Obstacle 5. If an ME/CFS grant application manages to survive peer review, it must then compete against all the other applications submitted to the particular institute’s council for decision. These councils do not have ME/CFS experts on them, and ME/CFS is not a named priority for any institute. That means an infection-related ME/CFS study submitted to the National Institute of Allergy and Infectious Diseases might be fabulous compared to other ME/CFS applications scored by the Special Emphasis Panel, but it might come up short when compared to hepatitis or influenza proposals that have larger sample sizes or more preliminary data.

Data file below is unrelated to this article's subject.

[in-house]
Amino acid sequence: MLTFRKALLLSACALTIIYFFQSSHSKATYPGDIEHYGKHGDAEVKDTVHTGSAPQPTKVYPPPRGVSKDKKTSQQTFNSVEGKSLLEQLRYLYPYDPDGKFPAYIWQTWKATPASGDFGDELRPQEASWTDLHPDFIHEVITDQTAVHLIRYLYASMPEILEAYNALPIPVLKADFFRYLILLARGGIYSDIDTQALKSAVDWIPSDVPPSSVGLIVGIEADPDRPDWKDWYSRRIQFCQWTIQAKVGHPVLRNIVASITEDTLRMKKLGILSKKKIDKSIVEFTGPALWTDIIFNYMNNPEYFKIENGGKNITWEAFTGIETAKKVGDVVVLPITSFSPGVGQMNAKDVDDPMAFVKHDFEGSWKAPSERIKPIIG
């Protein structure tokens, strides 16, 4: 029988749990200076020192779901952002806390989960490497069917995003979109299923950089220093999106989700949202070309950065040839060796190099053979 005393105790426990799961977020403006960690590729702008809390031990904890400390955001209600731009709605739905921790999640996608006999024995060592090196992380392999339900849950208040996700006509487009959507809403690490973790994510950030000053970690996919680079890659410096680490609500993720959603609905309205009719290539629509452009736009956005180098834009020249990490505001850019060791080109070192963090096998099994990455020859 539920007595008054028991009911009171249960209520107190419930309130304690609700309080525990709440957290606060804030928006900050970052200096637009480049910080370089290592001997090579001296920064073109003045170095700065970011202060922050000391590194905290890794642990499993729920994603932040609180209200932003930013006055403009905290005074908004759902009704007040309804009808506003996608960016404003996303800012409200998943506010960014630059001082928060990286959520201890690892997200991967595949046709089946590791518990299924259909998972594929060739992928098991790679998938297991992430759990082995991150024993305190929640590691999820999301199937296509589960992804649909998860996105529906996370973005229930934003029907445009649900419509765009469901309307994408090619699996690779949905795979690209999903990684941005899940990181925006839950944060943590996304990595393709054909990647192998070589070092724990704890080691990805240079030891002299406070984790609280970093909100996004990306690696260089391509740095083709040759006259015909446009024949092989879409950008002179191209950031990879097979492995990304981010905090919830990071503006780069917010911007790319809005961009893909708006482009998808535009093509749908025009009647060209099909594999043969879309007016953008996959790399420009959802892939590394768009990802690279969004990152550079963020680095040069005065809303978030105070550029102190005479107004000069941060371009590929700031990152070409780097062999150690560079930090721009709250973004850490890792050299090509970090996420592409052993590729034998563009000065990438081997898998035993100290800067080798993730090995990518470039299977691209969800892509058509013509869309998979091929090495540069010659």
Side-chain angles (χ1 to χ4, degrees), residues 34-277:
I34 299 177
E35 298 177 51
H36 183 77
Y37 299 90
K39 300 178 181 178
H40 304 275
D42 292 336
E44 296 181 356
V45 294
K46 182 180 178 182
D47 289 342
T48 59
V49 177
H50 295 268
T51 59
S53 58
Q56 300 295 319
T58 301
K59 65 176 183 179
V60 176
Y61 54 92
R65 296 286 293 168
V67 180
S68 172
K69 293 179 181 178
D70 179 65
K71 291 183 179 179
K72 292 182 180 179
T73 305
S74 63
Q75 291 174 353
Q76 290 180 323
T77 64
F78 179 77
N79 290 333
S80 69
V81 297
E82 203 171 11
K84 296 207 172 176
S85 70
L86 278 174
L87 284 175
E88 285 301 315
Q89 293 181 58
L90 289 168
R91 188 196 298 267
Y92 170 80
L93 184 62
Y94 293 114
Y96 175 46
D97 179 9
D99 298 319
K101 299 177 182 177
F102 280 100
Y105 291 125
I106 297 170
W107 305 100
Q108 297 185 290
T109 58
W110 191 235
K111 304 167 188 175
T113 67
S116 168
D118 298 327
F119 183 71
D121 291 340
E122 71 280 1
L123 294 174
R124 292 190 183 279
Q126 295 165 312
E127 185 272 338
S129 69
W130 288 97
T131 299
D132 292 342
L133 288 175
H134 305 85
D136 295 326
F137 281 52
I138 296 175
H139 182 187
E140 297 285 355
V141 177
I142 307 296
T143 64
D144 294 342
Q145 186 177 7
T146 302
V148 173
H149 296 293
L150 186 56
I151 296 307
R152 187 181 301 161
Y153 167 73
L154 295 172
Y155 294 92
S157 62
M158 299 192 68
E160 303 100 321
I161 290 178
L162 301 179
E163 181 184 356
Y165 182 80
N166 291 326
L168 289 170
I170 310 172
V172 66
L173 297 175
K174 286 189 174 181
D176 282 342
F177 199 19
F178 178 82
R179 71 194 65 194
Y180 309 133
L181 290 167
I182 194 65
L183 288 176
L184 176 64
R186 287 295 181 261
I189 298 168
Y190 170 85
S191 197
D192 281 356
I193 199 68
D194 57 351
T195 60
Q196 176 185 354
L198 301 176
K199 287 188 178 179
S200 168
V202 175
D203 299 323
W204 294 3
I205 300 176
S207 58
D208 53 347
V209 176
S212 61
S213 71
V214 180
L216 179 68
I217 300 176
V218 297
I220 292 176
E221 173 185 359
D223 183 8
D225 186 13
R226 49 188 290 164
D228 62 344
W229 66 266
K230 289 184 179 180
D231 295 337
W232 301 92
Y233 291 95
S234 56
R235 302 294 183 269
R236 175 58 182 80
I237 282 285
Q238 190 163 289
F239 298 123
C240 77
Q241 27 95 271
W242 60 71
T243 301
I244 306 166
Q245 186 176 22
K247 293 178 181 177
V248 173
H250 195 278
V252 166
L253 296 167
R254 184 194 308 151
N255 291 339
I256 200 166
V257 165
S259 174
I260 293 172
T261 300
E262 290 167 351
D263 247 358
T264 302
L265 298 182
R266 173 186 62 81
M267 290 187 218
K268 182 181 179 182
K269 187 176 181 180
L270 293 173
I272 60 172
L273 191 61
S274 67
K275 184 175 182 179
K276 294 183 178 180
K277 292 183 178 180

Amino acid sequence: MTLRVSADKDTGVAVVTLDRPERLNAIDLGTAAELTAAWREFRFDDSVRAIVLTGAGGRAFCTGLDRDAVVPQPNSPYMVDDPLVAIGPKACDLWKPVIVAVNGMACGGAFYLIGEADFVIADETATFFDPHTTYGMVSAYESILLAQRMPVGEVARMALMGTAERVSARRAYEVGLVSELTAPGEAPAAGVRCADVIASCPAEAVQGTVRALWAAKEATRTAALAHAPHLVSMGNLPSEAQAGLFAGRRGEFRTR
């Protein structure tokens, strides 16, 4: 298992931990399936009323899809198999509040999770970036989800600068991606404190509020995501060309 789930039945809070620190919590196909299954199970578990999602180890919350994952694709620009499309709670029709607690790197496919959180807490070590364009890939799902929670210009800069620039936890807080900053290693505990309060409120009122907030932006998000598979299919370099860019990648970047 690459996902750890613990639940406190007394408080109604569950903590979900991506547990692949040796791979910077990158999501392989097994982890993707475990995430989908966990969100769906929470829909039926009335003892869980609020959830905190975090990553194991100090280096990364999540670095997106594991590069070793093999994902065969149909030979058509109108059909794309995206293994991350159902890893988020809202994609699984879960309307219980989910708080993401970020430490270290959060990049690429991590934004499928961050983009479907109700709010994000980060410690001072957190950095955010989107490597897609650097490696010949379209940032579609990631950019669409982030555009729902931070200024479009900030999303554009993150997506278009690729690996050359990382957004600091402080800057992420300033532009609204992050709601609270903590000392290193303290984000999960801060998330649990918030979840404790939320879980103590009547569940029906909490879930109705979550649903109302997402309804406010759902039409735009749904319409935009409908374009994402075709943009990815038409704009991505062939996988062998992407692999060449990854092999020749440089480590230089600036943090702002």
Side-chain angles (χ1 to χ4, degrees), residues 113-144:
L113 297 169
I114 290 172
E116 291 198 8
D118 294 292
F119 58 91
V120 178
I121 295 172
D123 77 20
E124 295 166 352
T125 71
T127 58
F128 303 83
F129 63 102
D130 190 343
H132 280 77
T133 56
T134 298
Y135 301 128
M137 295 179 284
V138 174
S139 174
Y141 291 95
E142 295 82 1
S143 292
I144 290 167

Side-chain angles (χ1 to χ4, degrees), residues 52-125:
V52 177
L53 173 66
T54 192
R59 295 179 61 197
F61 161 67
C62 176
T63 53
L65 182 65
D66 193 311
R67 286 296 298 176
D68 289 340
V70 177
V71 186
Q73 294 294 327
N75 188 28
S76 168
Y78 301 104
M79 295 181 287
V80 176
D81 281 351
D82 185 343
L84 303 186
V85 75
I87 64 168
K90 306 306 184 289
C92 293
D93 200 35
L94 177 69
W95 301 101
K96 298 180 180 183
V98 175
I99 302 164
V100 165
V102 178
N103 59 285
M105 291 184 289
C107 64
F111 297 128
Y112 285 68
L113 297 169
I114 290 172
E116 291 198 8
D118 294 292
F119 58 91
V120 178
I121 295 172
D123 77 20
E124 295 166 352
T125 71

Given these hurdles, it’s hardly surprising that researchers hesitate to submit ME/CFS grant applications to the NIH, or perhaps even choose to move to entirely different fields. Those who do apply must navigate this unique set of hurdles, created in part by NIH’s past actions. Its pronouncements that the only solution is more grant applications is unrealistic and, given the immense suffering of patients over decades of their lives, cruel.
The NIH needs to clear these obstacles. While there is no single solution for its broken response to ME, there are many actions it can take that would lower these barriers and encourage more applications for funding ME/CFS research. Difficult problems require complicated solutions, not unrealistic pronouncements.
Jennifer Spotila is an independent advocate for ME/CFS. She writes about the disease at Occupy M.E., where a longer version of this article appeared. She once collaborated on a grant submitted to the NIH in response to one of the Requests for Applications mentioned in the article; the grant was not funded.